Politika – Art & The Affairs of the City
Peter Kennard (UK) // Epos257 (CZ) // Jeremy Deller (UK) // Ztohoven (CZ) // Chim-Pom (JP) // VOINA (RU) // Shift//Delete (UK) // Brandalism (UK+) // Francisco Tapia (CHI) // WochenKlausur (AT) // Bill Posters (UK) // Franck Allais (FR) // Leah Borromeo (UK) // Steve Lambert (US) // Robin Hood Minor Asset Management Cooperative (FI) // The Vacuum Cleaner (UK) // John Beieler (US) // Tracey Moberly (UK) // Lea Redmond (US) // Peter McCaughey (UK) // Ben Parry (UK) // Ed Hall (UK) + citizens of Manchester.
‘It does often seem that, whenever there is a choice between one option that makes capitalism seem the only possible economic system, and another that would actually make capitalism a more viable economic system, neoliberalism means always choosing the former. The combined result is a relentless campaign against the human imagination. Or, to be more precise: imagination, desire, individual creativity, all those things that were to be liberated in the last great world revolution, were to be contained strictly in the domain of consumerism, or perhaps in the virtual realities of the Internet. In all other realms they were to be strictly banished. We are talking about the murdering of dreams, the imposition of an apparatus of hopelessness, designed to squelch any sense of an alternative future. Yet as a result of putting virtually all their efforts in one political basket, we are left in the bizarre situation of watching the capitalist system crumbling before our very eyes, at just the moment everyone had finally concluded no other system would be possible.’
- David Graeber
Manchester is where the world’s first manifestations of industrial Capitalism took shape. If the city is both the producer of citizenship and the generator of innovation, it is the soil in which democracy lives. Without the city and maximised exchanges, democracy loses strength to create potential futures.
Is there scope to generate another answer, another view, in order to sustain another ideology against consumerism and the disempowerment it represents? Politika presents opportunites for people to transform themselves from passive consumers into active participants – active citizens.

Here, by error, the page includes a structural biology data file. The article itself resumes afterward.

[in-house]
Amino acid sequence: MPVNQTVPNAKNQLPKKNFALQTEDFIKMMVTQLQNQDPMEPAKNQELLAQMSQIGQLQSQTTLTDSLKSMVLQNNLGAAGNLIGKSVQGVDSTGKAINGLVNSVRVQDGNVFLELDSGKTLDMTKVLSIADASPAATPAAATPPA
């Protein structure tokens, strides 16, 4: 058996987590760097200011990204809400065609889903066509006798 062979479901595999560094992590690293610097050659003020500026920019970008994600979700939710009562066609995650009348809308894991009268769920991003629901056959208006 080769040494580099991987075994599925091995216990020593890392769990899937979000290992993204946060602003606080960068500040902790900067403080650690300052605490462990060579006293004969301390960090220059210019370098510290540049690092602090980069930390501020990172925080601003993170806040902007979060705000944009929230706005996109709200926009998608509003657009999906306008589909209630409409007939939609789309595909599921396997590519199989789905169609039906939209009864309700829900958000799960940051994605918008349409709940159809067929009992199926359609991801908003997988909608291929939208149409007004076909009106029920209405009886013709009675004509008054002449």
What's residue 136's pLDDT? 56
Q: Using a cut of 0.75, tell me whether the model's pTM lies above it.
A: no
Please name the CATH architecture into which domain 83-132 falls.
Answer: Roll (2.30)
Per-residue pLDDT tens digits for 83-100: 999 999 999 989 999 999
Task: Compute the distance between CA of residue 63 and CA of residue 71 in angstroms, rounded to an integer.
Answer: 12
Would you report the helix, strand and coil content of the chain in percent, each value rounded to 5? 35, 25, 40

From local community activists reclaiming their cultural heritage, to the burning $500 million of student loan contracts to free poor students from debt, to collectively organising the world’s largest reclamations of advertising space in history as a revolt against the privatisation of public space, the artists contributing works for Politika are creating in relation to consumerism. They are prising open the cracks in Capitalism and redefining community art as the boundaries between art and community action evaporate. Politika features works from 20 urban interventionist artists from 9 countries.
Politika brings together art, social justice and activism as artists and the citizens of Greater Manchester assert their right to the city.
The diverse program includes an exhibition of provocative art works, live urban interventions across the city, public workshops, talks, documentary screenings and debate.
The exhibition is situated in a grade 2* listed cotton mill and launches a new contemporary cultural space – The Engine Room, in Ancoats – the world’s first industrial suburb.
Regular updates and content from the live programme, contributing authors and other assorted theory can be found on our blog.